HURP was recently identified as a Ran-target, both in human cells (Sillje et al., 2006
) and in Xenopus
egg extracts, where it is the essential component of a complex required for the bipolarization of Ran spindles. The HURP complex forms upon binding to MTs (Supplemental Figure S3A and Koffa et al., 2006
). However, immunoprecipitations performed either in HeLa cell extracts (Wong et al., 2008
) or in complete Xenopus
egg extracts in the absence of prepolymerized MTs suggest that HURP also exists in a free state. Consistent with this, in complete extracts, none of the components of the HURP complex are detected by Western blotting in HURP immunoprecipitations (Supplemental Figure S3B and our unpublished data). Sequencing of coimmunoprecipitated proteins by mass spectrometry also failed to identify any members of the HURP complex, whereas importin β, another known HURP interactor (Sillje et al., 2006
), was found (our unpublished data). Moreover, although the MAP fraction where HURP is quantitatively present in the complex is active in promoting bipolarization of Ran-induced asters (Koffa et al., 2006
), recombinant HURP is unable to do so (our unpublished data). We therefore sought to analyze whether free HURP also has a function by performing immunodepletion and restoration in Xenopus
egg extracts, an approach that revealed a novel HURP function during early meiotic spindle assembly.
We first addressed the role of HURP in spindle formation in the presence of both inducers of MT assembly, centrosomes, and chromatin. HURP depletion severely impaired bipolar spindle formation (, B and C). The specificity of these observations is proven by restoration of bipolarity on addition of xlHURP (, B and C). Interestingly, in the few bipolar structures that could still form upon HURP depletion, we observed a significant decrease in kinetochore and interpolar MT overlaps in the spindle midzone, whereas astral MTs did not seem to be affected (B, ΔHURP, right panel).
To elucidate the molecular mechanism of these HURP effects, we examined the role of HURP in either centrosome- or chromatin-dependent MT assembly. We tested whether and how HURP influences MT growth from centrosomes, in the light of HURP's reported function as an MT stabilizer (Koffa et al., 2006
; Sillje et al., 2006
; Wong and Fang, 2006
; Santarella et al., 2007
). In particular, we tested whether HURP behaves as a plus-end MT stabilizer. HURP depletion did not affect centrosomal aster length (), even in the absence of active TPX2 or the presence of excess RanGTP. These results indicate that HURP does not contribute to centrosome-dependent MT growth or plus-end stabilization, in contrast to XMAP215 or Cdk11 (Niethammer et al., 2007
). However, HURP-depleted extracts were almost completely unable to generate bipolar spindles around chromatin beads (, A and B). The chromatin-dependent pathway of spindle assembly operates through the production of RanGTP. Interestingly, neither Ran-asters nor Ran-spindles formed in HURP-depleted extracts (C). Therefore, HURP depletion results in a much stronger phenotype than that seen after HURP antibody inhibition (Koffa et al., 2006
). This argues that previous antibody addition did not completely inactivate HURP and that sufficient amounts of HURP remained free and active to allow the formation of partly organized structures. The fact that HURP has a very early role in chromatin-mediated MT assembly is supported by the fact that MCAK depletion does not rescue HURP depletion (B), which clearly shows that HURP activity in MT assembly precedes that of MCAK.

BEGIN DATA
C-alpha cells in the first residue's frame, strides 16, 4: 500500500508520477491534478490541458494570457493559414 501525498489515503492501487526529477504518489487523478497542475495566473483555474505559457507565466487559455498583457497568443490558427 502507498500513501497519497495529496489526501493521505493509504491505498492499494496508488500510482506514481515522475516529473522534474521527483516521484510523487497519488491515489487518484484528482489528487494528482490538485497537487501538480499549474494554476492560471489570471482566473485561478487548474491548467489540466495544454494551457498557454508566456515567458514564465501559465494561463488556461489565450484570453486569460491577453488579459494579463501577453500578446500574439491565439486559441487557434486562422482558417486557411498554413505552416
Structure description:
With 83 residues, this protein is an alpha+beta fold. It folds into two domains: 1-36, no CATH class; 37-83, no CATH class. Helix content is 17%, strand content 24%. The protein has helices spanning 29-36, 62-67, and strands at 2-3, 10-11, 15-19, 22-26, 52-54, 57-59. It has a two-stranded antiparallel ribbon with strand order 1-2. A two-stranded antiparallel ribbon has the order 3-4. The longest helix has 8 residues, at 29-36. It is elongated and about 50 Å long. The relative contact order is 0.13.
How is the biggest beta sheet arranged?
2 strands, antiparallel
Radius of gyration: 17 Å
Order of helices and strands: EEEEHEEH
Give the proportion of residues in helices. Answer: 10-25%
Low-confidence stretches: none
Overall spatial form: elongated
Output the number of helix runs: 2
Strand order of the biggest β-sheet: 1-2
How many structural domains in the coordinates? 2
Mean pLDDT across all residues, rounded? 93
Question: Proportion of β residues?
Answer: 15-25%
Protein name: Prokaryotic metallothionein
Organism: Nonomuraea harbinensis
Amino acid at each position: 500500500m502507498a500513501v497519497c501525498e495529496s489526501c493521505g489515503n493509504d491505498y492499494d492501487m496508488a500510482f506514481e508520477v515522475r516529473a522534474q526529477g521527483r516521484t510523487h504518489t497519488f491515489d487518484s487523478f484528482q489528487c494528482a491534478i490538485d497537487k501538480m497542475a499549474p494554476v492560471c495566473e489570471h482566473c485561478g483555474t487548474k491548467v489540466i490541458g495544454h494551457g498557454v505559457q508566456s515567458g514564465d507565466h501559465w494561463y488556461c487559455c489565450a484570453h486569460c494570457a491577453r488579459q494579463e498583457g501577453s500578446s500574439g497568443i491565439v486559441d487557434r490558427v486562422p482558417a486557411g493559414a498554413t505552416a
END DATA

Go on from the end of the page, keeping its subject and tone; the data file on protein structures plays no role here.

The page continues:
Taken together these results indicate that HURP works as a direct chromatin/RanGTP-target in early MT assembly, similarly to TPX2 (Wittmann et al., 2000
; Gruss et al., 2001
). We have previously shown that the two proteins belong to the Aurora A kinase-dependent HURP complex that forms on polymerized MTs (Koffa et al., 2006
) and that functions in the bipolarization of Xenopus
mitotic spindles. In the absence of MT, in total Xenopus
extracts, the two MAPs do not detectably interact with each other (Supplemental Figure S3). However, both HURP and TPX2 are very abundant proteins, and it was possible that minor fractions of the two proteins interact. However, even in fractions that were highly enriched for HURP and TPX2, we failed to detect any interaction between the proteins in the absence of MTs. These biochemical conclusions are in line with localization studies showing that HURP and TPX2 are enriched on distinct domains of the mitotic spindle: HURP remains at the spindle midzone, whereas TPX2 moves toward spindle poles (, A and B, mock panels). Furthermore, this localization is preserved upon depletion of the other MAP, suggesting that the two proteins work and localize independently of each other (, A and B, ΔHURP and ΔTPX2 panels). This reflects the fact that, even though both are required for early steps of meiotic spindle MT assembly, HURP and TPX2 carry out distinct later functions in association with different partners: TPX2 is known to be transported to the spindle poles by the dynein–dynactin complex (Wittmann et al., 2000
), whereas HURP has been shown to interact with the plus end motor protein Eg5 (Koffa et al., 2006
) that also localizes to the spindle midzone (Sawin and Mitchison, 1995
; Lockhart and Cross, 1996
; Blangy et al., 1997
). At later stages of spindle assembly TPX2 is required, together with Xklp2 and dynein, for MT focusing and spindle pole organization (Wittmann et al., 2000
), whereas HURP is crucial for spindle bipolarization, metaphase chromosome alignment, and stabilization of kinetochore fibers (Koffa et al., 2006
; Sillje et al., 2006
In conclusion, we show here that HURP fulfills an essential function in the early steps of MT assembly driven by chromatin/RanGTP similar to, but independent of TPX2.